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The Windows Indexing Service provides you with the ability to perform advanced searches on directories located on your computer and on shared directories on the network. The Indexing Service was introduced with IIS (Internet Information Services) and is now installed with Windows 2000 and Windows XP.
The Indexing Service is not started by default on a Windows 2000 professional computer. If you want the Indexing service to start automatically, select Start | Settings | Control Panel | Administrative Tools and open the Computer Management application.
In the right pane of the Computer Management window, click on Services and Applications, then click on services. In the list of services, right-click on Indexing Service, The Indexing Services Properties dialog box will appear.
In the Indexing Services Properties dialog box, on the General tab select Automatic from the Startup type: drop-down list.
Under Service stautus: click on the Start button. A flurry of hard disk activity may begin as the Indexing Service builds or updates the index. The Indexing service creates an index (also called a catalog) organized in a way that makes it quick and easy to search. The Indexing Service also records the documents properties, for example its date of creation and last modified date.
The Search application can be accessed by right-clicking on any folder and selecting Search... in the popup menu. You can search for file names or you can search for text within files using keywords, or phases. Queries can use wildcards (?, *) and boolean operators (AND OR and NOT). When a user searches an NTFS volume, the Indexing service will return in the results only the files the user has permission to see.
The documents created by most applications contain formatting and control information, for example a webpage contains html tags, a Word document contains rtf tags. The Indexing Service uses filters to extract the content from the formatting and control information. Documents with extensions for which filters are not installed will not be indexed by default.
If you want to index everything, in the left pane of the Computer Management window expand the Services and Applications branch, then click on Indexing Service. In the right pane, right-click on system.
- If Internet Information Server (IIS) is installed a second index named Web will appear.
In the properties dialog box that appears, select the Generation" tab. On the Generation tab, clear the check box Inherit above settings from Service, and set the checkbox Index Files With Unknown Extensions.
The Indexing service is designed to run continuously and requires no maintenance. After it is setup, it will automatically update the index. When a file changes, the OS sends a change notification to the Indexing Service, causing it to update the index. Folders on remote computers are scanned periodically.
The Windows Indexing Service uses a fair amount of disk space (approximately 30% the amount of the original files). If the shared directories on the network are large, it can consume a considerable portion of the computer's memory and processor cycles. There are several options for configuring the Indexing Service to improve performance.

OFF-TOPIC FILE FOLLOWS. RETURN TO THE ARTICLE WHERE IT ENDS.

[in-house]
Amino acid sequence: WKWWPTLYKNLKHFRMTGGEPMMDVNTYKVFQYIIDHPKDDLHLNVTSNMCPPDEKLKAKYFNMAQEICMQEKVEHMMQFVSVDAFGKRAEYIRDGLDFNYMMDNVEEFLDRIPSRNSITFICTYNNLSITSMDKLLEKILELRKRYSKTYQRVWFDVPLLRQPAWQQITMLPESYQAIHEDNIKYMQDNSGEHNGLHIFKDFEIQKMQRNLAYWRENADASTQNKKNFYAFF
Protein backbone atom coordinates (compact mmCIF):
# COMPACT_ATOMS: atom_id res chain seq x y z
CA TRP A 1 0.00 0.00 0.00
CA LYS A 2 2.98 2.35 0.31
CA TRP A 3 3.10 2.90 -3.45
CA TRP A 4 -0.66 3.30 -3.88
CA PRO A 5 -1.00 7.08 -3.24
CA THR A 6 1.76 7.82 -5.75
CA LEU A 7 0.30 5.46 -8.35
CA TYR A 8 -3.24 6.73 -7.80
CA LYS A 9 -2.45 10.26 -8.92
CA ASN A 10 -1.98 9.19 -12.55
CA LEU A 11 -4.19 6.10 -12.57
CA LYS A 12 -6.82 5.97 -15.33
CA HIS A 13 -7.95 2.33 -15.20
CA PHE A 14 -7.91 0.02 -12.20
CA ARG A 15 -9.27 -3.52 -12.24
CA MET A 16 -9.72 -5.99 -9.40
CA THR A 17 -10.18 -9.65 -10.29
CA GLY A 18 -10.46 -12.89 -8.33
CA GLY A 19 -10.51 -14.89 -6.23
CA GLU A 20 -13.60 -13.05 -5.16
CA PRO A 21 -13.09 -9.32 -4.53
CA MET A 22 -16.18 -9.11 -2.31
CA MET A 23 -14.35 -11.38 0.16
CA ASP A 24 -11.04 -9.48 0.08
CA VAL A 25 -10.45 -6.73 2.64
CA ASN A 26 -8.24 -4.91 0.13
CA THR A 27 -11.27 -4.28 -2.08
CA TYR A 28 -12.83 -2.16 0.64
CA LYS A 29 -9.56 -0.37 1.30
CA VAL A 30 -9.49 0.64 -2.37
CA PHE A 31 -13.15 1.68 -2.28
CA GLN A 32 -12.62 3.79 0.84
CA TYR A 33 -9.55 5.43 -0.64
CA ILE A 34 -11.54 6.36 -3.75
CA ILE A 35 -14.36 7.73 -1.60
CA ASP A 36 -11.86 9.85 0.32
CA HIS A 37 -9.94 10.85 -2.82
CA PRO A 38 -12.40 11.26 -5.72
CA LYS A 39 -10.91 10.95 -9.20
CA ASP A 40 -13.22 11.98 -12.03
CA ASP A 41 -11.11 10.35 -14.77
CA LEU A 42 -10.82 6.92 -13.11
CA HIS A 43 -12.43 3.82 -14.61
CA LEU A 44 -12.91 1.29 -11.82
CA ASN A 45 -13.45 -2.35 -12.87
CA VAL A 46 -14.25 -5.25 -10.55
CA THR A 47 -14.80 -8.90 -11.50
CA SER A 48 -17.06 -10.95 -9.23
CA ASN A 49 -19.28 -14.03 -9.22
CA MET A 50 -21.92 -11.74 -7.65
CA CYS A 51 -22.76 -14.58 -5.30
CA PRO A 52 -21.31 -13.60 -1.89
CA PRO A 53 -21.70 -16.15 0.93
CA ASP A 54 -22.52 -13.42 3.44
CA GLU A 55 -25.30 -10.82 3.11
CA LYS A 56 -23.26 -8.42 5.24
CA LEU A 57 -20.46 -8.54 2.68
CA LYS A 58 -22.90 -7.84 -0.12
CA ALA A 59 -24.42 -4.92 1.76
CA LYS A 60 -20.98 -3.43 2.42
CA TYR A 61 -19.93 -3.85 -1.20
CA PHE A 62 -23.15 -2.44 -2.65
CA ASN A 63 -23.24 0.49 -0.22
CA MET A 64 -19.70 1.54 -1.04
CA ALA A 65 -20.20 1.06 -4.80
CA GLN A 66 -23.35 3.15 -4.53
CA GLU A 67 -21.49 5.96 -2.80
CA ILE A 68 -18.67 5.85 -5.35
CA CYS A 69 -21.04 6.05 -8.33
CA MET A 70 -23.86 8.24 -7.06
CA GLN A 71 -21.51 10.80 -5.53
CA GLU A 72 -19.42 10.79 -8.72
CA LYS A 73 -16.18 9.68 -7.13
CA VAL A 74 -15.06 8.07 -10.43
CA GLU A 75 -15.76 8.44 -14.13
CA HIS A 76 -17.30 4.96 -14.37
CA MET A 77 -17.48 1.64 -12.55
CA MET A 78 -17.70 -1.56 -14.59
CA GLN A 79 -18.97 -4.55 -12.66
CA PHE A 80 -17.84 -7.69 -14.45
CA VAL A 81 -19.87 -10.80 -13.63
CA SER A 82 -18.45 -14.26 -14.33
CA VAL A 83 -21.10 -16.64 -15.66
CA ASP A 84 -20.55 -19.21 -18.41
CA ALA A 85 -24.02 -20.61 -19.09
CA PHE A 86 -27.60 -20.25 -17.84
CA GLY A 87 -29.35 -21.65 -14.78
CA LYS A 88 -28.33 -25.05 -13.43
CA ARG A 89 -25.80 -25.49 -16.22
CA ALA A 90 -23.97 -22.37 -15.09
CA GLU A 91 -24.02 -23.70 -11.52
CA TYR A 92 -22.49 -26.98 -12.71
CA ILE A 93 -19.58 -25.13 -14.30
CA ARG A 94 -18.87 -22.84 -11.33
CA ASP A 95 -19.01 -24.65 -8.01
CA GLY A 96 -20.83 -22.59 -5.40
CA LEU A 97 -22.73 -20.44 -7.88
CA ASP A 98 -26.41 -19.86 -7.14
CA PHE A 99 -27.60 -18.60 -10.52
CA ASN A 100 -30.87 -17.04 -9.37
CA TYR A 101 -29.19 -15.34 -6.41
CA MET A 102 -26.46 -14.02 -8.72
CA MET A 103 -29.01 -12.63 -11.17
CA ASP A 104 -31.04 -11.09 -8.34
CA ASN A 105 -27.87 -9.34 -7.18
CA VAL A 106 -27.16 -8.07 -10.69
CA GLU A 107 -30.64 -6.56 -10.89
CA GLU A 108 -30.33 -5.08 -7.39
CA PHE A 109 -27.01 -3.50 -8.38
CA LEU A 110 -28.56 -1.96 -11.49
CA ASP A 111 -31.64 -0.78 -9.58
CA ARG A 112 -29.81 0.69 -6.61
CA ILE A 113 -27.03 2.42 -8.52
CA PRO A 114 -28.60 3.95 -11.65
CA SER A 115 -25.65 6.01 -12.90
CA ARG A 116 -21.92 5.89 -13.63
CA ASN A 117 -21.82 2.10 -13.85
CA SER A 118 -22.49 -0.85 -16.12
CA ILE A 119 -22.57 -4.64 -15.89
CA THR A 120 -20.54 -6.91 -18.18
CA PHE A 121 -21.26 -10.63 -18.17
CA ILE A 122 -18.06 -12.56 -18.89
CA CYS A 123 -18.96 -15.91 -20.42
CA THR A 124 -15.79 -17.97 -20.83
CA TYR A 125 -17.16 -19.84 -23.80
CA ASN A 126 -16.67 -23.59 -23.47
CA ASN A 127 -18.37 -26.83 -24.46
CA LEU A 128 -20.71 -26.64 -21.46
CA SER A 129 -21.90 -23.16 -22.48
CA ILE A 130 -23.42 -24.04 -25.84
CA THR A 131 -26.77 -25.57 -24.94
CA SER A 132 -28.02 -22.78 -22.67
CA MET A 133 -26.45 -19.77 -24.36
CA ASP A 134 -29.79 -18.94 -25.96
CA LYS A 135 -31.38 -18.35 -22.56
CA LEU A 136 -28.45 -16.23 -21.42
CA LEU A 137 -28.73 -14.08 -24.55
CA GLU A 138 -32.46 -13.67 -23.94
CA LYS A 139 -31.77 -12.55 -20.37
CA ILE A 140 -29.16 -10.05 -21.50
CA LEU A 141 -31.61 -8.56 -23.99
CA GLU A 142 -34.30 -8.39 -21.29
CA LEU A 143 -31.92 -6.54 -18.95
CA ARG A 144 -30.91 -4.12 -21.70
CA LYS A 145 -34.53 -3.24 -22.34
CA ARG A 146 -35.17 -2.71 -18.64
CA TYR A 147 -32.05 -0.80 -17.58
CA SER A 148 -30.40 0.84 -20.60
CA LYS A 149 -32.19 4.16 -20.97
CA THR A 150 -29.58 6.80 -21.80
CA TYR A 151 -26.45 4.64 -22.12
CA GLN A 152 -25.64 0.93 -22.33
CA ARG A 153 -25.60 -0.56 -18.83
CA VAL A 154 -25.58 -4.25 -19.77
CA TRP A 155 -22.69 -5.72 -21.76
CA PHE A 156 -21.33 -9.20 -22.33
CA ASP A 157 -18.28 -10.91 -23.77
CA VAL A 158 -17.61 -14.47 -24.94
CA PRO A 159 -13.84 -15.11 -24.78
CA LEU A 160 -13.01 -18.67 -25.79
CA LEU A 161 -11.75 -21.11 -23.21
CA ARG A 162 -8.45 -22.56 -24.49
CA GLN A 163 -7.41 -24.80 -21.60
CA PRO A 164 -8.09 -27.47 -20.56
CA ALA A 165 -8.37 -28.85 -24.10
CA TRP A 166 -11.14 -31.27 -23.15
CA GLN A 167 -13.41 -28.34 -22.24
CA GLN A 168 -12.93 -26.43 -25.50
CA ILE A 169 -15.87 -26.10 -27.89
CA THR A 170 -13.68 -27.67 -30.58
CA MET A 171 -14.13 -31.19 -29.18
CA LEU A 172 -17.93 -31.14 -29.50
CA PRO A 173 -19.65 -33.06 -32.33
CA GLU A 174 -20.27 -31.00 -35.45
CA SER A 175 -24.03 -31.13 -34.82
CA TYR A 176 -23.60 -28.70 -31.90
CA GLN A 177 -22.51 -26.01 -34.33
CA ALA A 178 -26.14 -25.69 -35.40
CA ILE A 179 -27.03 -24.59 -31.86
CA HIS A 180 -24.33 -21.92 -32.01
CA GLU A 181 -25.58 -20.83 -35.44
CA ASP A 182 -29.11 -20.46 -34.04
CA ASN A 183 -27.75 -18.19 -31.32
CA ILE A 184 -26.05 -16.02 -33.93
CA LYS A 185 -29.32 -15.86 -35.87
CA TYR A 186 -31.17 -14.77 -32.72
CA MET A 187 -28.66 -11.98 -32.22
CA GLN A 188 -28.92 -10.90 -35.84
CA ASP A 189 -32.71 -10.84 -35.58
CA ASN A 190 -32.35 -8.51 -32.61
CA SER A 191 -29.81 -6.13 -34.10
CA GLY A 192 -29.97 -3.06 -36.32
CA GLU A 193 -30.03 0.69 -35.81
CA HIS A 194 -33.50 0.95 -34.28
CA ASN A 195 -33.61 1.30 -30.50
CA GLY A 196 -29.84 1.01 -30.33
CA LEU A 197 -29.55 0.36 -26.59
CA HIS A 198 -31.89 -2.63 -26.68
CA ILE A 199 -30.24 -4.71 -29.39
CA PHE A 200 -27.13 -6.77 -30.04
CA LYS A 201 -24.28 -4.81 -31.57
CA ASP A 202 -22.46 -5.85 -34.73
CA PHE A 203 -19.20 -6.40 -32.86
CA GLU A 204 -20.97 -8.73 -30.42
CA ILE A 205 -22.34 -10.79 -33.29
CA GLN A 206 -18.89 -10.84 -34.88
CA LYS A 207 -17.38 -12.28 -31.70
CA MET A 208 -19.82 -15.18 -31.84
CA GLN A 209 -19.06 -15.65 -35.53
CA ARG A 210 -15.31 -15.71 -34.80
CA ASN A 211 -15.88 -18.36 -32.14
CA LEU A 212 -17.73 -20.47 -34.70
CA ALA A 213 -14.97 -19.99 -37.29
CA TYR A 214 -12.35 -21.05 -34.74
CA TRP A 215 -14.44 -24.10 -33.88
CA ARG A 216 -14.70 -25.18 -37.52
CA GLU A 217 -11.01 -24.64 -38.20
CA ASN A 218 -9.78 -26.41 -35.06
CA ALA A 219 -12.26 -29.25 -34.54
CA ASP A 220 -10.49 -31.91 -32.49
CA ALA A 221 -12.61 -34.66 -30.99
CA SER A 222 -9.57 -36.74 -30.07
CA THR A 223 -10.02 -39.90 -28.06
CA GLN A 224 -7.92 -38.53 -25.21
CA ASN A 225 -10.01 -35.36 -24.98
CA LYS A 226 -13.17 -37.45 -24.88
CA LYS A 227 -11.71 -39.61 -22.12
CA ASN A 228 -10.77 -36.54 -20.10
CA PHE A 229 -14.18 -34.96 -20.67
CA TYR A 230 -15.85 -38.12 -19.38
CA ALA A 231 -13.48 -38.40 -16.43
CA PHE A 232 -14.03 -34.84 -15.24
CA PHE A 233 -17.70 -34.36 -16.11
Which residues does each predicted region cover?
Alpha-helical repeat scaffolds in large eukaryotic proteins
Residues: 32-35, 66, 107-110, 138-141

To configure the Indexing Service, in the left pane of the Computer Management window, expand the Services and Applications branch, then right-click on the Indexing Service icon. In the popup menu, select All Tasks | Stop to stop the Indexing Service. Then select All Tasks | Tune Performance". The Indexing Service Usage dialog box will appear. (Don't forget to restart the Indexing Service after you have configured it.)
The Indexing Service Usage dialog box provides three radio button options that let Windows set the Indexing Service Performance for you; Used often, Used occasionally, and Never Used. If you want to provide your own custom setting, set the Customize radio button and click on the Customize... button. The Desired Performance dialog box will appear.
The Desired Performance dialog box contains two slider controls. The Indexing slider control sets how quickly the catalog will be updated. Adjust it to the left to reduce the amount of system resources used to update the catalog. The Querying slider control sets how quickly search results will be returned. Adjusting it to the left will reduce the amount of system resources used, but search results will take longer to return.
You can also control the Indexing Service by configuring the specific folders to be indexed. In the left pane of the Computer Management window expand the Services and Applications branch, then click on Indexing Service. In the right pane, double-click on the system catalog. This will display three folders, Directories, Properties, and Query The Catalog.
To add a folder to be indexed, right-click on the Directories folder and select New | Directory in the popup menu. In the Add Directory dialog box that appears, enter the path of the new directory.
To remove a folder, left-click on the Directories folder to display the list of directories in the right pane. Then left-click on a directory and select Delete in the popup menu.
The Windows Indexing Service uses a fair amount of disk space and if the shared directories on the network are large, it can consume a considerable portion of the computer's memory and processor cycles. Using the methods described in theis article, you can configure the Indexing Service to improve performance.
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